Bridging the protection gap is gaining more importance and insurers are cooperating with regulators to find the best means to address this issue, said speakers at the 2nd Sharm El-Sheikh Insurance Rendezvous in Egypt.
The protection gap is one of the most pressing issues facing societies, as it leads to a severe lack of societal resilience in many developing and emerging countries, pointed out Mr Alaa El-Zoheiry, chairman of the Insurance Federation of Egypt (IFE), opening the 2nd Sharm Rendezvous in Egypt earlier this week. “The widening protection gap is a global issue that cannot be solved overnight or by one individual company or group,” he said.
Citing Swiss Re’s sigma report, he noted that there are three main areas of risk for households: natural catastrophes, mortality exposure and healthcare spending. There is a record-high $1.2tn composite protection gap for the three areas. “It is timely to discuss this escalating problem, which is one of the main major challenges facing our insurance industry.”
Mr Basel El-Heni, chairman and managing director of state owned Misr Insurance Holding Co, said that the government in Egypt pays - serious attention to the insurance sector and this has been growing recently.
Delivering a speech on behalf of Minister of Public Business Sector Hisham Tawfik, Mr El-Heni noted that the state of the insurance market in Egypt does not match expectations, especially with the penetration rate standing at 0.8%, which is a weak percentage when compared even with neighbouring markets, such as Saudi Arabia where the penetration rate is1.5%. “The gap is huge…. We need to find a way to increase this rate.”
Dr Mohamed Omran, chairman of the Financial Regulatory Authority (FRA), said that despite the weak penetration rate, there has been progress in the Egyptian market, thanks to the introduction of a number of regulations. One of the regulatory initiatives is obliging microinsurance borrowers to insure their loans, which has created a new market segment with around 3m clients, he said.
Setting up an insurance fund for school and tertiary students is another initiative that would open the door for insurers in the future to offer coverage for almost 23m people.
He added that there are great expectations for growth in the insurance sector especially with the healthy economic indicators which have been registered in the past couple of years. “However, the big challenge is in external shocks. Therefore, there is a dire need to adopt hedging strategies to alleviate the effects of potential crises. The government has taken steps to strengthen the safety network (but) companies need to take action.”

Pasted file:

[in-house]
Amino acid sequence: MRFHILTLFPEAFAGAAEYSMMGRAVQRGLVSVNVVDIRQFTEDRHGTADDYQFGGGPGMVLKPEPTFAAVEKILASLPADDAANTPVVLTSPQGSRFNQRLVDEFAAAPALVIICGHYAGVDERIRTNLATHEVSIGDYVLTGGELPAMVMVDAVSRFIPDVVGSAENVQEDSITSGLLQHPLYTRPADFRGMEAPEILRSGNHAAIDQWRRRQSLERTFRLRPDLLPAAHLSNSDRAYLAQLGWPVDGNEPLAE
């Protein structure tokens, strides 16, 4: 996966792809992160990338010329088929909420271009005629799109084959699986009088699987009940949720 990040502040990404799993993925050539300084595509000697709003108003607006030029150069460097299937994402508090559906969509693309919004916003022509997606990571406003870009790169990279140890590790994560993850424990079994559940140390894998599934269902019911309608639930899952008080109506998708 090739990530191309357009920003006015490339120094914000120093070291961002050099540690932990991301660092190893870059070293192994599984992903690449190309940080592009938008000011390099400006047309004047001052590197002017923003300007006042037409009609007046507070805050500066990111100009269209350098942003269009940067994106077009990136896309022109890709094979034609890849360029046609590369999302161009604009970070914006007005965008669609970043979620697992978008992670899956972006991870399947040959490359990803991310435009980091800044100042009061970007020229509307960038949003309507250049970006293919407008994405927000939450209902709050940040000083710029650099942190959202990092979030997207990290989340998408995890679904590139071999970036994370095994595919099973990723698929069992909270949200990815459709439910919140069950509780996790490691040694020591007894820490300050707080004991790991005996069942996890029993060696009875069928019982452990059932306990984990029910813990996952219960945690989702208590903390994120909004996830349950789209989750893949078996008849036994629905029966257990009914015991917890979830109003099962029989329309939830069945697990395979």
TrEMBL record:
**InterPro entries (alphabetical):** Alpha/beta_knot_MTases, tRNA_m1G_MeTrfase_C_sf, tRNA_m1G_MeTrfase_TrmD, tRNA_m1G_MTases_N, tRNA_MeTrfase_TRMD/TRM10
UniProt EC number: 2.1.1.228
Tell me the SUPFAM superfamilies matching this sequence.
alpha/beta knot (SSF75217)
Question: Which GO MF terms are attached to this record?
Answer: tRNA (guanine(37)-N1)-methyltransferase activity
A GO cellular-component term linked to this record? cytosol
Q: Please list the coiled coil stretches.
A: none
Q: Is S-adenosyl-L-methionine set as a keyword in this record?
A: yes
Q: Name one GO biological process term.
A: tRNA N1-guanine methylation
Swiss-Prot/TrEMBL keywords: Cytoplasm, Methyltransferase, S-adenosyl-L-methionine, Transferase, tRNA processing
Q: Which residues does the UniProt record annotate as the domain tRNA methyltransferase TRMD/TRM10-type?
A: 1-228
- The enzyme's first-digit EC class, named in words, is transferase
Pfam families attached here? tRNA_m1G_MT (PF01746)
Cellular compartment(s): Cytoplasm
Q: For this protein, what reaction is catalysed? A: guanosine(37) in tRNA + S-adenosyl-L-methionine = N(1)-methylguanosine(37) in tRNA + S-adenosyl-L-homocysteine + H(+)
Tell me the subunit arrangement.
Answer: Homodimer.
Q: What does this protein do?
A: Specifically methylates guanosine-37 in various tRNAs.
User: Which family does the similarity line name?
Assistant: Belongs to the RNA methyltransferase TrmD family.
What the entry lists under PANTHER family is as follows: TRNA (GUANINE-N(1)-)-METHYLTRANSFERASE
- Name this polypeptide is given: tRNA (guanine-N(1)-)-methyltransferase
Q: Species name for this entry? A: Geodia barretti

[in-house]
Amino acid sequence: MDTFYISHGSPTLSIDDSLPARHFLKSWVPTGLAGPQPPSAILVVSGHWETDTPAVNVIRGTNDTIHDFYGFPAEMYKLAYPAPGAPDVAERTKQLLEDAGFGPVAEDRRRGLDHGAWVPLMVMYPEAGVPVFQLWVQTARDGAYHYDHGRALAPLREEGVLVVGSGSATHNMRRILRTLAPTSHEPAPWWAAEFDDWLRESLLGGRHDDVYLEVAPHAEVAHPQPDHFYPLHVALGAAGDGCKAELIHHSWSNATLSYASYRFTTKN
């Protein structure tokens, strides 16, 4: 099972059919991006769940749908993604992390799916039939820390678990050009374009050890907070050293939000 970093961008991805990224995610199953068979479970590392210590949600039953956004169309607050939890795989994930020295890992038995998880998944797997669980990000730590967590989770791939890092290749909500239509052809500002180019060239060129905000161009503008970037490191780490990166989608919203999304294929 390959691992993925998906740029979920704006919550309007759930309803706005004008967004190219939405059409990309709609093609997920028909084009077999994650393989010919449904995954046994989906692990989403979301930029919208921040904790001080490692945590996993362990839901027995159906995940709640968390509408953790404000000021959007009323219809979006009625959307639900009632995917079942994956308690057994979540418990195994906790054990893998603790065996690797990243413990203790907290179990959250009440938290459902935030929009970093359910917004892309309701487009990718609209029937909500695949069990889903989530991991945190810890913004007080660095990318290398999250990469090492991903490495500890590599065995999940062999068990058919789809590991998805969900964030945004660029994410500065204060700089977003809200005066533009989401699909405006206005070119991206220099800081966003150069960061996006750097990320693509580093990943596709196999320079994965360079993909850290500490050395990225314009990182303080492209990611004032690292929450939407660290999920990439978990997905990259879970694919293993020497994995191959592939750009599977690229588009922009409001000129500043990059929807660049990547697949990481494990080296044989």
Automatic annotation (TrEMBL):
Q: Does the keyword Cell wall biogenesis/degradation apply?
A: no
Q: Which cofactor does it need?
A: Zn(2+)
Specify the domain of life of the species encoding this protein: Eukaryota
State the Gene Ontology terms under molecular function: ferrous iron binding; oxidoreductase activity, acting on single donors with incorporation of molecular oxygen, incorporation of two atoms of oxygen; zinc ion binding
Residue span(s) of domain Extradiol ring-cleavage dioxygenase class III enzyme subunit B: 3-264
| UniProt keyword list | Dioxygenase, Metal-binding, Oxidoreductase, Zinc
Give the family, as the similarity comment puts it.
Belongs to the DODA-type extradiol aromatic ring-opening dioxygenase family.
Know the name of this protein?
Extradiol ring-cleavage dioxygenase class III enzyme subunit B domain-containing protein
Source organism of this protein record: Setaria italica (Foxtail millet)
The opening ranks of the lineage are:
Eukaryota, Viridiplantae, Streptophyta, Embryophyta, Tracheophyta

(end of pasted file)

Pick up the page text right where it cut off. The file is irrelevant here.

Dr Mohamed Maait, Minister of Finance in Egypt noted that with a 6.2% economic growth rate targeted this year, the future augurs well for the insurance industry. He added that Egypt's new tax law is going to be restructured and there is an opportunity to look into improving it to help the sector grow, pointing out that his ministry will push in that direction. “The government is willing to offer huge support to the sector and is open to new suggestions,” he said.
Different investment strategies needed
Dr Omran noted that private pension funds and insurance companies’ savings are estimated to be around EGP2tn ($123.9bn) but most of the funds are invested in almost risk free investment avenues. He called for forging more aggressive investment strategies to mobilise long-term investments. “Investment policies in private funds and insurance companies should be reviewed. A minimum ratio should be set for investing in long-term investments.”
The importance of the insurance sector to the government goes beyond the protection which the insurance industry provides, said Mr El-Heni. He said that the funds accumulated by insurers and private funds offer the government a great opportunity to expand investments in the country.
New insurance law to see the light of day
Dr Omran said that the new insurance law has been finalised and is set to be implemented in 2020 after going through 14 months of deliberations with all stakeholders. The new law consists of 221 articles, some of which have been brought from the civil law in order to create an all-inclusive insurance law. “It is the first time that the insurance law in Egypt will cover brokers, private pension funds, TPAs and others which used to operate beyond the control of the FRA.”
He noted that the law will allow the FRA to introduce new compulsory products after getting approval from the Cabinet. “Currently there are 11 compulsory insurance products. Introducing new products has been kept as a regulation and not a law item to give the FRA more freedom to act.”
Organised by the IFE with the theme “Profitability in insurance industry: mind the gap”, the three-day Sharm Rendezvous 2019, which ended yesterday, attracted more than 800 participants from 30 countries, representing 250 domestic and international companies.